Wednesday, November 21, 2012

Lori Reviews North of Supposed to Be

Title: North of Supposed to Be
Author: Marcia Ferguson
Published: Franklin Hancock Press 2012
Where I Got It: The author contacted me and asked me to review the book and she sent me a copy.

It's really difficult to summarize this action-packed book without going into too much detail.  This is because of all of the twists and turns the novel takes and all of the colorful and unique characters that Ferguson creates.  The basic premise is that Bronwyn McCall--an orphan with a good, trusting, and generous heart--inherits a vast tract of land, a lot of money, and a retired MI6 agent named Ernest Rose, whom she calls Jeeves.  She sets about creating an impressive compound in Maine, which she populates with a cast of characters in need of a second chance or a bit of luck.  Yet not everything is as idyllic as it seems.  Throughout the novel--which takes readers from the East Coast to the West Coast and across the Atlantic--themes of second chances, loss, loneliness, betrayal, and friendship are explored in a very fast-paced plot.

I thoroughly enjoyed this book.  Admittedly, I got off to a rough start because there was so much going on, but once I discovered the typical format of a Jeeves novel--that is, the "layers pile up thickly . . . with a character getting into multiple dangerous situations by mid-story" (taken from Wikipedia's article on P.G. Wodehouse)--I was a lot clearer, understood that it was supposed to be so complex, and had smooth sailing.  The plot and the overall narrative pull in several interests of mine and the author's, which include Hollywood, food, and fashion.  Plus a bit of intrigue.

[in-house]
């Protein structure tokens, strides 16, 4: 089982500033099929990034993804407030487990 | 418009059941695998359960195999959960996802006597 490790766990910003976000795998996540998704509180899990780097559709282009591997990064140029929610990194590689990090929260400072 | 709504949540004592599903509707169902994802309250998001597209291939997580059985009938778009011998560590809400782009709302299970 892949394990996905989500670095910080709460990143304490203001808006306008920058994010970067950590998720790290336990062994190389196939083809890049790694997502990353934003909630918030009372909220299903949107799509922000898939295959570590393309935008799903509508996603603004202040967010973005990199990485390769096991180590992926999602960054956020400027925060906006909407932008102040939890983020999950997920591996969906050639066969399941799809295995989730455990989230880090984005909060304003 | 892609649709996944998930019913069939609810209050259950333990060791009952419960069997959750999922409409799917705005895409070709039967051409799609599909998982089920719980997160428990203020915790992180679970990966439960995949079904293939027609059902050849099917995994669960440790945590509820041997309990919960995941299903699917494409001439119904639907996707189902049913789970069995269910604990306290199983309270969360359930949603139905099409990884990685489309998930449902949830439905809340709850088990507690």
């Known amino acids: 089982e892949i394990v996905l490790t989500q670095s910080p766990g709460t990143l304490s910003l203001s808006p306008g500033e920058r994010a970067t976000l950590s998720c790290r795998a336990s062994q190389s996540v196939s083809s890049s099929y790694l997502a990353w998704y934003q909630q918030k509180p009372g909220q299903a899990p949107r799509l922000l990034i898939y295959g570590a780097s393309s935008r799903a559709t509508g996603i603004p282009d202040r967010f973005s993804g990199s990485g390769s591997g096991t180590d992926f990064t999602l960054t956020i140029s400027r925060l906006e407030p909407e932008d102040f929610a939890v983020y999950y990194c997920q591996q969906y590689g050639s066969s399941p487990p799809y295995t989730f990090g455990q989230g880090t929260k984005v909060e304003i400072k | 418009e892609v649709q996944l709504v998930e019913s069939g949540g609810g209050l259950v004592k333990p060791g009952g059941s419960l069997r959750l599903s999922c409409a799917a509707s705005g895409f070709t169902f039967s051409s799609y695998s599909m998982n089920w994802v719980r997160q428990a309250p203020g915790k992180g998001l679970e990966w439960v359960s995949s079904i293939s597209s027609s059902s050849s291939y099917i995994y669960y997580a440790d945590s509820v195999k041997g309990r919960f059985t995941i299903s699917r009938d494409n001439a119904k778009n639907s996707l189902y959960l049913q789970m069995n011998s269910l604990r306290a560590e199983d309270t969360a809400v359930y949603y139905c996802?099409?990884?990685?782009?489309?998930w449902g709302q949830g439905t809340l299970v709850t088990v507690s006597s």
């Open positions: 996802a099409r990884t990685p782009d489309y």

The best part of the story are the characters Ferguson creates.  Starting with Bronwyn, who seemed at times like she could be a friend of mine and even drifting into me feeling like I could be her, on down to the minor characters, of which there are many.  Jeeves is not your typical Jeeves of Wodehouse's Jeeves and Wooster series.  Rather, this Jeeves has a rich past and is full of mystery.  

Ferguson also has interesting ways to move the plot, which is very important given how many twists and turns the plot takes throughout the novel.  Overall, this novel keeps the reader engaged as they move from one setting and situation to another.  I cannot wait to see what Ferguson comes up with next...

My other thoughts and questions about the book are addressed in the follow interview, which I was able to conduct with the author.  I am so grateful that she was so cooperative.  My questions are in italics.

This is such a unique story with a very action-filled plot, which is a characteristic found in P.G. Wodehouse's Jeeves stories (in an early email between us, you mentioned that this was a re-imagined Jeeves, so I figured that Wodehouse's writing played a role in your inspiration; my apologies if I'm wrong).  There were so many times that I wondered what could possibly happen next and then you threw in another twist, which I really enjoyed.  What was your inspiration for this novel?

I have to admit – my inspiration was simply my imagination.  I’m blessed with a vivid one.  One of my first mental images was seeing Bronwyn walk through the door to her home on the estate.  And I’d mentally polish the story before I ever began writing it, like polishing a stone in your pocket.  It was always there, and I’d trot it out and see where it took me, just in my imagination.  Some people have a mantra – something that relaxes them – for me, it was setting my foot into Bronwyn’s home and everything else sprung from that.  As far as Wodehouse is concerned, I always adored Jeeves, and of course this Jeeves is unlike the original.  But there’s still something endearing about him.

The plot of the novel takes the reader to so many places--England,California, and Maine for starters.  Did/do any of the places you mention have a special meaning or how did you settle on them for the setting of your novel?